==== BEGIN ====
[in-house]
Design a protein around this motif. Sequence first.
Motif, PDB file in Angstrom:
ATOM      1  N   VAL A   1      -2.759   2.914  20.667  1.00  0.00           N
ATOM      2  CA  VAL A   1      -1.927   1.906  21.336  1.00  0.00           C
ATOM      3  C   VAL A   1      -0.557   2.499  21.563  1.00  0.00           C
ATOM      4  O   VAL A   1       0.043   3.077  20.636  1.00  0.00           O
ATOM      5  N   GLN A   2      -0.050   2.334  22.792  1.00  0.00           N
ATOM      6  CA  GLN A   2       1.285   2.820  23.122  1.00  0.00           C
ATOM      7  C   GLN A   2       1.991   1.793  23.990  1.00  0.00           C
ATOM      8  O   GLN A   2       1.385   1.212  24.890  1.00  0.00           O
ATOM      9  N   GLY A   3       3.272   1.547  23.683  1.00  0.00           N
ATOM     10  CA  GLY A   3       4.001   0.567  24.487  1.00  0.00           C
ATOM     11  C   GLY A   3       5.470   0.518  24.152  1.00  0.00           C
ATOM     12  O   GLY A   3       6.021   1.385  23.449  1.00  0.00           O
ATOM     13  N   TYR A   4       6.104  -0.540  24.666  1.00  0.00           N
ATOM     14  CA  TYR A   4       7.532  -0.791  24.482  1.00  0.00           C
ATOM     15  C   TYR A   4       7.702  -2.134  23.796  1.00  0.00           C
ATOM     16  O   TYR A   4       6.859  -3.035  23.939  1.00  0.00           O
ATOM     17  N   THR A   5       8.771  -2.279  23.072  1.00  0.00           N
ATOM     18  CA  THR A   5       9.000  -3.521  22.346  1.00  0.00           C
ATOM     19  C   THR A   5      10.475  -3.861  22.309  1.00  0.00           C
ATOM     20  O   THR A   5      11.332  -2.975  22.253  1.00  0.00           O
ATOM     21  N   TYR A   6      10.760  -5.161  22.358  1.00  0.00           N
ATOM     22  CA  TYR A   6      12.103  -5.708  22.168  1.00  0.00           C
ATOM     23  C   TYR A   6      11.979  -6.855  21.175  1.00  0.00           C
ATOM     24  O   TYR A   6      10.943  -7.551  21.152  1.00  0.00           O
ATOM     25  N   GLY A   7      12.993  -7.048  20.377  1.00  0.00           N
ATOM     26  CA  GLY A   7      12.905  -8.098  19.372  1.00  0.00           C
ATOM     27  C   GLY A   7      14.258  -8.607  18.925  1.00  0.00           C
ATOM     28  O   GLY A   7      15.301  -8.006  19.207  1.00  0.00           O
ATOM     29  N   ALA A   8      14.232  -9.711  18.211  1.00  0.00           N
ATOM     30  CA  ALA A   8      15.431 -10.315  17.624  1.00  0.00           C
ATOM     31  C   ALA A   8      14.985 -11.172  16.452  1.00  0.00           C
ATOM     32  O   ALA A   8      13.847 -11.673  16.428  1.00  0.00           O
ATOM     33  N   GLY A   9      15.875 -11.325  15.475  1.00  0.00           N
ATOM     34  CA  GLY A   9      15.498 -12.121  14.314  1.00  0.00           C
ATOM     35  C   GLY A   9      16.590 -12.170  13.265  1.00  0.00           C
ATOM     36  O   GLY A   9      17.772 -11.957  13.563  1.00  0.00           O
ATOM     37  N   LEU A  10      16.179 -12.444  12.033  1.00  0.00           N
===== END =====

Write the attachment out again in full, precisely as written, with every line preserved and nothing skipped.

[in-house]
Design a protein around this motif. Sequence first.
Motif, PDB file in Angstrom:
ATOM      1  N   VAL A   1      -2.759   2.914  20.667  1.00  0.00           N
ATOM      2  CA  VAL A   1      -1.927   1.906  21.336  1.00  0.00           C
ATOM      3  C   VAL A   1      -0.557   2.499  21.563  1.00  0.00           C
ATOM      4  O   VAL A   1       0.043   3.077  20.636  1.00  0.00           O
ATOM      5  N   GLN A   2      -0.050   2.334  22.792  1.00  0.00           N
ATOM      6  CA  GLN A   2       1.285   2.820  23.122  1.00  0.00           C
ATOM      7  C   GLN A   2       1.991   1.793  23.990  1.00  0.00           C
ATOM      8  O   GLN A   2       1.385   1.212  24.890  1.00  0.00           O
ATOM      9  N   GLY A   3       3.272   1.547  23.683  1.00  0.00           N
ATOM     10  CA  GLY A   3       4.001   0.567  24.487  1.00  0.00           C
ATOM     11  C   GLY A   3       5.470   0.518  24.152  1.00  0.00           C
ATOM     12  O   GLY A   3       6.021   1.385  23.449  1.00  0.00           O
ATOM     13  N   TYR A   4       6.104  -0.540  24.666  1.00  0.00           N
ATOM     14  CA  TYR A   4       7.532  -0.791  24.482  1.00  0.00           C
ATOM     15  C   TYR A   4       7.702  -2.134  23.796  1.00  0.00           C
ATOM     16  O   TYR A   4       6.859  -3.035  23.939  1.00  0.00           O
ATOM     17  N   THR A   5       8.771  -2.279  23.072  1.00  0.00           N
ATOM     18  CA  THR A   5       9.000  -3.521  22.346  1.00  0.00           C
ATOM     19  C   THR A   5      10.475  -3.861  22.309  1.00  0.00           C
ATOM     20  O   THR A   5      11.332  -2.975  22.253  1.00  0.00           O
ATOM     21  N   TYR A   6      10.760  -5.161  22.358  1.00  0.00           N
ATOM     22  CA  TYR A   6      12.103  -5.708  22.168  1.00  0.00           C
ATOM     23  C   TYR A   6      11.979  -6.855  21.175  1.00  0.00           C
ATOM     24  O   TYR A   6      10.943  -7.551  21.152  1.00  0.00           O
ATOM     25  N   GLY A   7      12.993  -7.048  20.377  1.00  0.00           N
ATOM     26  CA  GLY A   7      12.905  -8.098  19.372  1.00  0.00           C
ATOM     27  C   GLY A   7      14.258  -8.607  18.925  1.00  0.00           C
ATOM     28  O   GLY A   7      15.301  -8.006  19.207  1.00  0.00           O
ATOM     29  N   ALA A   8      14.232  -9.711  18.211  1.00  0.00           N
ATOM     30  CA  ALA A   8      15.431 -10.315  17.624  1.00  0.00           C
ATOM     31  C   ALA A   8      14.985 -11.172  16.452  1.00  0.00           C
ATOM     32  O   ALA A   8      13.847 -11.673  16.428  1.00  0.00           O
ATOM     33  N   GLY A   9      15.875 -11.325  15.475  1.00  0.00           N
ATOM     34  CA  GLY A   9      15.498 -12.121  14.314  1.00  0.00           C
ATOM     35  C   GLY A   9      16.590 -12.170  13.265  1.00  0.00           C
ATOM     36  O   GLY A   9      17.772 -11.957  13.563  1.00  0.00           O
ATOM     37  N   LEU A  10      16.179 -12.444  12.033  1.00  0.00           N